Ohio woman charged after stabbing her mom to death for finding out her secret
Sydney Powell has been found guilty of murder, felonious assault and tampering with evidence
An Ohio woman, 23, attacked her mother with an iron frying pan, and then stabbed her to death after the mom found out that she had been kicked out of college. Brenda Powell, 50, a healthcare worker, was stabbed over a dozen times by her daughter, Sydney Powell of Akron in March 2020. According to the Summit County Prosecutor’s Office, Sydney has been found guilty of murder, felonious assault and tampering with evidence.
According to the Akron Beacon, Sydney, an ex-student of Mount Union University, was seen weeping in the Summit County Common Pleas courtroom after being found guilty by the jury last week. Sydney allegedly attacked her mom because she did not want her secret to be revealed.
“In March of 2020, Powell struck Brenda Powell in the head with an iron skillet, then stabbed her nearly 30 times in the neck,” the Summit County Prosecutor’s Office said in a release. On March 3 that year, Brenda was discovered by cops inside her Scudder Drive home with severe injuries. Both Brenda and Sydney, who was 19 at the time, were taken to the hospital. The mother eventually succumbed to her injuries.
Did Sydney Powell suffer from mental health issues?
Brenda was reportedly a child life specialist at Akron Children’s Hospital. Sydney attacked her while she was on the phone with officials from Sydney’s school.
The defence claimed during the trial that Sydney battled schizophrenia, and thus must not be held accountable for the murder. James Reardon, one of three defence experts who diagnosed Sydney, argued she suffered a psychotic break at the time she killed Brenda. It was pointed out that Sydney considered her mom her best friend.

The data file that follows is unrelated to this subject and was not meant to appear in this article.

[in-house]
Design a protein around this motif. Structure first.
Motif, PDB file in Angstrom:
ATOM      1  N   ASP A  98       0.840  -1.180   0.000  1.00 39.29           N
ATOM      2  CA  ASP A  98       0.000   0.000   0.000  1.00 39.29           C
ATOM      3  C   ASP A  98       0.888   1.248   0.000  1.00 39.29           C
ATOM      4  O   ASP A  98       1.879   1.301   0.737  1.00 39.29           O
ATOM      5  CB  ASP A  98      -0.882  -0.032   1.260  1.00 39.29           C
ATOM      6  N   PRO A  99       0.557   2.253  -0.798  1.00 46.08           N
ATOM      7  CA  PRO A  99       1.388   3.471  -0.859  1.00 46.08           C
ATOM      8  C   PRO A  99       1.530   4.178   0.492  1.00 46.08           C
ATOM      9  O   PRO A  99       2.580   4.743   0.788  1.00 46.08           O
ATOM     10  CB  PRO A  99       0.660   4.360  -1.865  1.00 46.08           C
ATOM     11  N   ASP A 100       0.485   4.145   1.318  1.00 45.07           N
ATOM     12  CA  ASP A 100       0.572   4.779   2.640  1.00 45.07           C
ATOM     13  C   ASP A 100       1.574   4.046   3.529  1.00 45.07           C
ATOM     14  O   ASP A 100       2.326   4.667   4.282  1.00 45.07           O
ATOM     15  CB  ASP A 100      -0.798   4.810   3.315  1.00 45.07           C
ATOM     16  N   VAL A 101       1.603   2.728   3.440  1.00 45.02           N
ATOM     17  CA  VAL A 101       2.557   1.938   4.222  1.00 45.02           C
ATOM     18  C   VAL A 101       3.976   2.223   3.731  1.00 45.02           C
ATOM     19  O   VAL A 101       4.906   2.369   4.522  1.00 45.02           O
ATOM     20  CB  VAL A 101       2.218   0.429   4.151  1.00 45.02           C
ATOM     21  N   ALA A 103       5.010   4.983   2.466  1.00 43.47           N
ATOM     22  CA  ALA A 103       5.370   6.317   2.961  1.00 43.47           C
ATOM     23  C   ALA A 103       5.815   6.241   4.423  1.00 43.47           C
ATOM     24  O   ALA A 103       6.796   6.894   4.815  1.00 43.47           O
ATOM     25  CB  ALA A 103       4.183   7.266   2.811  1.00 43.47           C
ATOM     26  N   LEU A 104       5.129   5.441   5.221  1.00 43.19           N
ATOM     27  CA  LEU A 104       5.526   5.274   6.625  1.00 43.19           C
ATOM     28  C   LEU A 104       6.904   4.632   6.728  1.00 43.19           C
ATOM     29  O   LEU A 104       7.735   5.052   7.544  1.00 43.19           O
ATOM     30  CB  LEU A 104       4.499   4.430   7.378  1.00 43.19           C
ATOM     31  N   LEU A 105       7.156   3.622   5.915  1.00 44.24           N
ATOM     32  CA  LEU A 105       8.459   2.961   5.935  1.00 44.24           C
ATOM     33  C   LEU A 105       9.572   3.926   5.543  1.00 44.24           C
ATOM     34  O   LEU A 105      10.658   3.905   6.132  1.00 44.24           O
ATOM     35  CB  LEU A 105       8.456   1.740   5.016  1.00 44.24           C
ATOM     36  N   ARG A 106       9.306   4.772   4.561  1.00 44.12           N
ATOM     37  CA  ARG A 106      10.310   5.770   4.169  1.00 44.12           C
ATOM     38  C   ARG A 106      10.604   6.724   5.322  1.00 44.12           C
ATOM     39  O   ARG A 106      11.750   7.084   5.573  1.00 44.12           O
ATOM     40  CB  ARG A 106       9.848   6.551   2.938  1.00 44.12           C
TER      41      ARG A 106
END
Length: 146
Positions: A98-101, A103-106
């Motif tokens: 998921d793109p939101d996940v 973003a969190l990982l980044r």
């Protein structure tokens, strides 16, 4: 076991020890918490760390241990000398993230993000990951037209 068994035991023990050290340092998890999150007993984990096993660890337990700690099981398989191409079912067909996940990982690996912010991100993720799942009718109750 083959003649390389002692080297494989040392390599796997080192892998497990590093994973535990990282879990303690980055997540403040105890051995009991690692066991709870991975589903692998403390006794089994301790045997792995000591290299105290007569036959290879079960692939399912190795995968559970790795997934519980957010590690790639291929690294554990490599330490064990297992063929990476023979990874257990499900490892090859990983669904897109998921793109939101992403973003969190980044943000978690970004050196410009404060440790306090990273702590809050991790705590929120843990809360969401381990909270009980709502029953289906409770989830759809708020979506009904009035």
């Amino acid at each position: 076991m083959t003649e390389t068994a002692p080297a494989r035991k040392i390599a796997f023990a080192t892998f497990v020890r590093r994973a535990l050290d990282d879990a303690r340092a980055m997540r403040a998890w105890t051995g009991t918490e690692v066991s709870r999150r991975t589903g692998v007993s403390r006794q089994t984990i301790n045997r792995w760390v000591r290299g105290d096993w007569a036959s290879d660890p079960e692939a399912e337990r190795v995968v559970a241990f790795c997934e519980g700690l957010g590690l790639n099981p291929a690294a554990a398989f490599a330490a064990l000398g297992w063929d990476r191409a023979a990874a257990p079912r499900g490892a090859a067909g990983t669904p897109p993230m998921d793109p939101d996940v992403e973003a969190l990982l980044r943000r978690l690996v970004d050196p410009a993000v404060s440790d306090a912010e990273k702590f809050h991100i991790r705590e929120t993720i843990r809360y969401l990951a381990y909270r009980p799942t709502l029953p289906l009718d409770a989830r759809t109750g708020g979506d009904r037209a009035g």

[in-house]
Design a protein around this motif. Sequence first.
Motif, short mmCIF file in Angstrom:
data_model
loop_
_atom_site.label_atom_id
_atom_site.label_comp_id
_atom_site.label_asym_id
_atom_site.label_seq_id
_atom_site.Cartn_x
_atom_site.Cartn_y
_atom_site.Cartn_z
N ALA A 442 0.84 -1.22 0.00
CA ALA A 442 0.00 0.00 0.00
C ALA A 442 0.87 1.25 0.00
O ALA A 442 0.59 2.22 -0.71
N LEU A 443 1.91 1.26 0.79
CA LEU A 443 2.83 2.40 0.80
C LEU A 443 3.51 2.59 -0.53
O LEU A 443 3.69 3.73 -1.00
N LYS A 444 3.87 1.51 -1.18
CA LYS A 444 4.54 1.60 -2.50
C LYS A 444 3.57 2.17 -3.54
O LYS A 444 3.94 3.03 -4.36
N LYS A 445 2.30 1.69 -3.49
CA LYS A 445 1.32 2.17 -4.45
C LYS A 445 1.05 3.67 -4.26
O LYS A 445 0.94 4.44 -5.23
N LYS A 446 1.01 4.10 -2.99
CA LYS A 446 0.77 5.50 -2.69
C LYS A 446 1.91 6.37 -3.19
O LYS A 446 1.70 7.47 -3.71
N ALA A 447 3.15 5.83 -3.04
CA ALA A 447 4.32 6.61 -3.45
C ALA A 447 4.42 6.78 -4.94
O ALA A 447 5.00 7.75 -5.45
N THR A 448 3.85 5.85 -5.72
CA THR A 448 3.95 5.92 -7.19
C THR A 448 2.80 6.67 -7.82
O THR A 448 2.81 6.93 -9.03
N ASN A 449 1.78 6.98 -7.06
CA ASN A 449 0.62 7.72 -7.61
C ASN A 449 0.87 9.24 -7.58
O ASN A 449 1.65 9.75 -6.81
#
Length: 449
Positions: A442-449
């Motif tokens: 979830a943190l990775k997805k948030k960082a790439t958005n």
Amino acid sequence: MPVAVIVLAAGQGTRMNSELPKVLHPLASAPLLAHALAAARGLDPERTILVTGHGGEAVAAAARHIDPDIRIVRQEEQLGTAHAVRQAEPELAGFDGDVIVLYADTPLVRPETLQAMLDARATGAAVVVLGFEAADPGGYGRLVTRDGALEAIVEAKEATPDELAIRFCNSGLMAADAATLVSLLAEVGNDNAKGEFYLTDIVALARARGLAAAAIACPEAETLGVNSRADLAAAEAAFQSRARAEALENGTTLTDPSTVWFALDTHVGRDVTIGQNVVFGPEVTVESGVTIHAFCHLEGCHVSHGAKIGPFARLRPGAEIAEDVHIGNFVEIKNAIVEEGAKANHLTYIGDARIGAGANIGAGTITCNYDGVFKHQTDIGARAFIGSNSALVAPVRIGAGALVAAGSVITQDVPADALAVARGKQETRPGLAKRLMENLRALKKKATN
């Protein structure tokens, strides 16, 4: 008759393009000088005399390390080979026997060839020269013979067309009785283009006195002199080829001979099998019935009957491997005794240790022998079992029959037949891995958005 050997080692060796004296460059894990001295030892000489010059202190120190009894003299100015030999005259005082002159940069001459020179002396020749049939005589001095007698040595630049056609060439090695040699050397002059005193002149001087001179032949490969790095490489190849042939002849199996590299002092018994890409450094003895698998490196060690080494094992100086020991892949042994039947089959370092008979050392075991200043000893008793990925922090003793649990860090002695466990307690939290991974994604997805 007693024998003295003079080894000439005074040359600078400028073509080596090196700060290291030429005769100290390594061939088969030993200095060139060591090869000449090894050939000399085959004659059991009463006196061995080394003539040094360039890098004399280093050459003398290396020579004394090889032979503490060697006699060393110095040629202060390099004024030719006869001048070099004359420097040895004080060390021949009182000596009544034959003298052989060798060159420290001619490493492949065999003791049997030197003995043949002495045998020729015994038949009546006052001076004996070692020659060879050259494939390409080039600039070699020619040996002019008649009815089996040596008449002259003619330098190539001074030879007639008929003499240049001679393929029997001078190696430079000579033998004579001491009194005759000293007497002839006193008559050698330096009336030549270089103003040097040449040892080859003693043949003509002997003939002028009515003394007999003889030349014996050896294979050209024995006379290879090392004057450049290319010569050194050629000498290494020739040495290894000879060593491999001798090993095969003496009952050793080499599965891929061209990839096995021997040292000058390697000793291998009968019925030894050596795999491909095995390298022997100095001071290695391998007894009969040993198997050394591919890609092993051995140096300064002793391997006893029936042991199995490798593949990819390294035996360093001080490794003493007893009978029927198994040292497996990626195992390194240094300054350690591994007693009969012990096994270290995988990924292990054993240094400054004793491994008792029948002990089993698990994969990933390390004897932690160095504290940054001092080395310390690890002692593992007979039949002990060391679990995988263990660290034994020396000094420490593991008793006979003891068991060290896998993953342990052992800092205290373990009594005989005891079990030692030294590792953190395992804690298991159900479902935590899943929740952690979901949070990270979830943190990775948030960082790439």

However, Sylvia O’Bradovich, a psychologist hired by prosecutors, dismissed the diagnosis. She claimed that at the time of the murder, Sydney did not meet the legal definition of insanity. However, she did acknowledge that Sydney suffers from mental health issues like borderline personality traits, malingering and an anxiety disorder, the Beacon Journal reported.
Describing the incident, Assistant Prosecutor Brian Stano said, according to New York Post, “Sydney stopped attacking with the pan, presumably went to the kitchen with a knife. She had to switch weapons and keep attacking her.”
“Just the knife just in the neck multiple times? That is purposeful. That is trying to end someone,” Brian said.
Brenda’s husband and Sydney’s father, Steven Powell, as well as Sydney’s maternal grandmother Betsy Brown, requested that prosecutors reach a resolution without a trial, but the prosecution wanted a jury to decide.
Sydney, whose sentencing is scheduled for September 28, could receive a maximum of life in prison with possible parole after 15 years, as well as additional time for the conviction related to tampering of evidence.